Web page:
The Federal Reserve raised its benchmark overnight interest rate by three-quarters of a percentage point on Wednesday in an effort to cool the most intense breakout of inflation since the 1980s, with “ongoing increases” in borrowing costs still ahead despite evidence of a slowing economy.
“Inflation remains elevated, reflecting supply and demand imbalances related to the pandemic, higher food and energy prices, and broader price pressures,” the rate-setting Federal Open Market Committee said as it lifted the policy rate to a range of between 2.25% and 2.50% in a unanimous vote.
The FOMC added that it remains “highly attentive” to inflation risks.
But while jobs gains have remained “robust,” officials noted in the new policy statement that “recent indicators of spending and production have softened,” a nod to the fact that the aggressive set of rate hikes they have put in place since March are beginning to bite.
Coming on top of a 75-basis-point hike last month and smaller moves in May and March, the Fed has raised its policy rate by a total of 225 basis points this year as it battles a 1980s-level breakout of inflation with 1980s-style monetary policy.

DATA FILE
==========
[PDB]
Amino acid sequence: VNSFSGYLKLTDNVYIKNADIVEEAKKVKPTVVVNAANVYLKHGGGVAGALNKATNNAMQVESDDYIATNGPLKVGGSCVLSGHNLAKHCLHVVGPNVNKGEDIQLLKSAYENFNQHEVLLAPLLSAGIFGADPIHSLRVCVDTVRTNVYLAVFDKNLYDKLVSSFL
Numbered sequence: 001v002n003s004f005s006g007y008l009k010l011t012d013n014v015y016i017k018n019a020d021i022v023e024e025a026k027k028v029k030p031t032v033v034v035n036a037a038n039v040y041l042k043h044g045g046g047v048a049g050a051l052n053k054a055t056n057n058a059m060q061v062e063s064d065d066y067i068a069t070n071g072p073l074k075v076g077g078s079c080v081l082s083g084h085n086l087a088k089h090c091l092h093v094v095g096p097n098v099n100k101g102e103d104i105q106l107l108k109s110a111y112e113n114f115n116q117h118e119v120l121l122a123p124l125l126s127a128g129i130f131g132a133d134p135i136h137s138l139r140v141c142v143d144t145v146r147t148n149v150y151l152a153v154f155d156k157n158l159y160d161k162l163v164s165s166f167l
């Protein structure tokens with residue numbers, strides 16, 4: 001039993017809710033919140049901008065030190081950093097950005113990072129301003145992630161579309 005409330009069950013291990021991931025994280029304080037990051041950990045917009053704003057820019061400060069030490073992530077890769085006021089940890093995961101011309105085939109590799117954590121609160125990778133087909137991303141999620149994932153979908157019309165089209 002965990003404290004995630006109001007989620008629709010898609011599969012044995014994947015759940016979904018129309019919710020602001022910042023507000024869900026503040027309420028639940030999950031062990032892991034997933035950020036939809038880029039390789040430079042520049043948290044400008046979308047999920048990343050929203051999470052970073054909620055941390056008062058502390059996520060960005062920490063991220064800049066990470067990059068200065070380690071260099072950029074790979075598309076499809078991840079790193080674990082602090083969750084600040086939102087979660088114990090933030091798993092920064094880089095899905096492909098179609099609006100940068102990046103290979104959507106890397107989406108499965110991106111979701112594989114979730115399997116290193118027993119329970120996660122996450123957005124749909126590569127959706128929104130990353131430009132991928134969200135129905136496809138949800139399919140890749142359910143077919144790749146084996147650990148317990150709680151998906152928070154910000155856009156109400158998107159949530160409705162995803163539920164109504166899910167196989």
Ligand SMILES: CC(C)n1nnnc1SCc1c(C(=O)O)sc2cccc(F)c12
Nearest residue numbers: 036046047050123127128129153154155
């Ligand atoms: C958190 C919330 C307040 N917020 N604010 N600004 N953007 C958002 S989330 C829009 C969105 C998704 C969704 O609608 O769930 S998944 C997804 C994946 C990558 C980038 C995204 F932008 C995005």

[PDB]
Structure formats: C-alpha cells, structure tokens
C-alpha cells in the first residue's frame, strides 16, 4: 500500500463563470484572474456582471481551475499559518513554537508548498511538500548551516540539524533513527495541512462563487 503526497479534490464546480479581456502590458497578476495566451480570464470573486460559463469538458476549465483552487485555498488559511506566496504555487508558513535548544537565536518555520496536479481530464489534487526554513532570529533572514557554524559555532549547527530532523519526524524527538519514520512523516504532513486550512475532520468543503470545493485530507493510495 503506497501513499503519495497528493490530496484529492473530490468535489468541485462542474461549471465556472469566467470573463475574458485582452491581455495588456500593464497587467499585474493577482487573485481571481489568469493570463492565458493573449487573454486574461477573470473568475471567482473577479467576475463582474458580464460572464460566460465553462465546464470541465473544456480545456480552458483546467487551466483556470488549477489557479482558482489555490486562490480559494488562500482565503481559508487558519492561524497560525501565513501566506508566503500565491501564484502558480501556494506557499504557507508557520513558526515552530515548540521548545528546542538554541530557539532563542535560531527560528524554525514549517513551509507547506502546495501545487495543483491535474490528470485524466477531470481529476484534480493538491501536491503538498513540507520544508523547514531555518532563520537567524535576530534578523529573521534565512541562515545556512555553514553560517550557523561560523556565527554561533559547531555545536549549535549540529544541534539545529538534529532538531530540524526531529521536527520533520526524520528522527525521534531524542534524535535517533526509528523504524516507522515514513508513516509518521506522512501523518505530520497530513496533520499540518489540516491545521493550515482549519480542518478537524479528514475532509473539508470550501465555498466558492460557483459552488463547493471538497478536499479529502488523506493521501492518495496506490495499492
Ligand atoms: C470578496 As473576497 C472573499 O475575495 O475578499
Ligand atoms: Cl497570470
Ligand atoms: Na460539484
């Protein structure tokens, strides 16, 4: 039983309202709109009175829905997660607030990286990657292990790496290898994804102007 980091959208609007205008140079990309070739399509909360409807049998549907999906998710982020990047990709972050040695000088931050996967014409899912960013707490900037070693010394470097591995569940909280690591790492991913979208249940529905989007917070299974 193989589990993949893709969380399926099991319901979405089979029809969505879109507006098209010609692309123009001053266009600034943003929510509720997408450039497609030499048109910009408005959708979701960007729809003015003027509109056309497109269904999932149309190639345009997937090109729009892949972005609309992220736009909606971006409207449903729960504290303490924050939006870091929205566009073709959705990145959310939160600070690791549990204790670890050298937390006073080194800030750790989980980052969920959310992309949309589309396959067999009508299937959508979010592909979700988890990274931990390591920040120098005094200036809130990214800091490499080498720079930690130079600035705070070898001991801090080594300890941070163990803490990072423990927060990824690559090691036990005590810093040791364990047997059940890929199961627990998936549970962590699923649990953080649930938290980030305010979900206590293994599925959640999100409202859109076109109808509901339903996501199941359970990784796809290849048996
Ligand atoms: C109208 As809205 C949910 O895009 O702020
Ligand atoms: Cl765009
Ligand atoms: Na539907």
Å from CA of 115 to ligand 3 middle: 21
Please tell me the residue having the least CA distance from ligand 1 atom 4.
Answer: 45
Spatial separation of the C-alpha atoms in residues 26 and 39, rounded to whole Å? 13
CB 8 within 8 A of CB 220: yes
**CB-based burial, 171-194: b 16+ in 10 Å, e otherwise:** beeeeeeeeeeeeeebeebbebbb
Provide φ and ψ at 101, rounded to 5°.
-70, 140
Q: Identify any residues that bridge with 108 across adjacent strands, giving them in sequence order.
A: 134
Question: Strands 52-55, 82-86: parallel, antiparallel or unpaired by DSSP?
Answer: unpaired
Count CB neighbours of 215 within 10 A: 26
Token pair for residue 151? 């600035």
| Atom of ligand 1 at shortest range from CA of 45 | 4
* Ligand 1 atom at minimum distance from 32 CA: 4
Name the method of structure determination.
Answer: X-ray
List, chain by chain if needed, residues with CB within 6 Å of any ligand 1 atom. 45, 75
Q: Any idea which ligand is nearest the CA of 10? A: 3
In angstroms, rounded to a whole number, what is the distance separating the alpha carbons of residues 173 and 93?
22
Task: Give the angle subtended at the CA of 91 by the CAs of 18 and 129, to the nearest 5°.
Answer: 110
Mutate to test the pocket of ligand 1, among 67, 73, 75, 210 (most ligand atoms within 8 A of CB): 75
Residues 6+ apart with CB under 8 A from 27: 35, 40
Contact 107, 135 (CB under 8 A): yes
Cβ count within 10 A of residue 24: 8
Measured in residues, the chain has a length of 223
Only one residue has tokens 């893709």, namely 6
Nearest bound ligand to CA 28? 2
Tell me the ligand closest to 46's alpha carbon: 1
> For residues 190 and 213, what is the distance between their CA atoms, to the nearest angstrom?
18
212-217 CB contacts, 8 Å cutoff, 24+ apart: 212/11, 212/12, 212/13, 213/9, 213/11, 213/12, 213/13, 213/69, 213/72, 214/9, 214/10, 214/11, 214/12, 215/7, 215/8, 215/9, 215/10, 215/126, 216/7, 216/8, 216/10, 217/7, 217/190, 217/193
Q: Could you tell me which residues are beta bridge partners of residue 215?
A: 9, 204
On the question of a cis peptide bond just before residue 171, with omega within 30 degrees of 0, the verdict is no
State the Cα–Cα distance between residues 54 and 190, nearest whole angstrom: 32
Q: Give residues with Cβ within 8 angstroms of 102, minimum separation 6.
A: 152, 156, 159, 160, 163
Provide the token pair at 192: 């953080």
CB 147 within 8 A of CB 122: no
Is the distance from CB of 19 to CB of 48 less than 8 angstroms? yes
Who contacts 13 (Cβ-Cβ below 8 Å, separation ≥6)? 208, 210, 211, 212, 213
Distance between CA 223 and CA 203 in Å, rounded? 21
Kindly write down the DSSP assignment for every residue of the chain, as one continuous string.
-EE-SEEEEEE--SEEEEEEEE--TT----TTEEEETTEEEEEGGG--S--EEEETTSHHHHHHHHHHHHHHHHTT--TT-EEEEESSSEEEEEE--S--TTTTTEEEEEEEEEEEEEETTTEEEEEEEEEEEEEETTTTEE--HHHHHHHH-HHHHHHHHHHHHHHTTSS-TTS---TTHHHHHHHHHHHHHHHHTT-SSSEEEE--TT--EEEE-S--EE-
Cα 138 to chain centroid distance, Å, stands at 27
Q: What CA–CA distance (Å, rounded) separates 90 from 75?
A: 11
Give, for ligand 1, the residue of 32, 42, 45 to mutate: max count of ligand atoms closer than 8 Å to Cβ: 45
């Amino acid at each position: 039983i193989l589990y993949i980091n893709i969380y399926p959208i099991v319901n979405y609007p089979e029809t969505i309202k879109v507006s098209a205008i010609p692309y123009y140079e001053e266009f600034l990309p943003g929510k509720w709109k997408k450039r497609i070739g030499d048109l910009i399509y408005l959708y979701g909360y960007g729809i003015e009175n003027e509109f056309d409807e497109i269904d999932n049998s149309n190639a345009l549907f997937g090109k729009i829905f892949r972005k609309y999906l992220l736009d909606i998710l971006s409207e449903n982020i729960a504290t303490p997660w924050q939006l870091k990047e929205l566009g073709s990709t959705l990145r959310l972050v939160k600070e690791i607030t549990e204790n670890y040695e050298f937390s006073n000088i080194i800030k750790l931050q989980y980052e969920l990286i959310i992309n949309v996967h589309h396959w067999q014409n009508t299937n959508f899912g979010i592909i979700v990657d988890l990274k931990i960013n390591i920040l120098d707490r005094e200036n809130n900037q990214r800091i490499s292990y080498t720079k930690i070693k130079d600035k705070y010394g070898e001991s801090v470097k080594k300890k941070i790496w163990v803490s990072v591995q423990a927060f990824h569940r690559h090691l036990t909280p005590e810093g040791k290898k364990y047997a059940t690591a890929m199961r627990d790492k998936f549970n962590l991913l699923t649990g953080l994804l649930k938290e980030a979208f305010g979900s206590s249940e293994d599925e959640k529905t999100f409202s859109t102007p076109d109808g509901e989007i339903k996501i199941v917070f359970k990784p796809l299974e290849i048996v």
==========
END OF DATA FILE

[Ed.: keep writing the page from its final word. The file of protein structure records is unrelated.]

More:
The policy rate is now at the level most Fed officials feel has a neutral economic impact, in effect marking the end of pandemic-era efforts to encourage household and business spending with cheap money.
The latest policy statement gave little explicit guidance about what steps the Fed may take next, a decision that will depend heavily on whether upcoming data shows inflation beginning to slow.
With the most recent data showing consumer prices rising at more than a 9% annual rate, investors expect the U.S. central bank to raise the policy rate by at least half a percentage point at its September meeting.
Fed Chair Jerome Powell will likely provide more details in a news conference set to begin at 2:30 p.m. EDT (1830 GMT).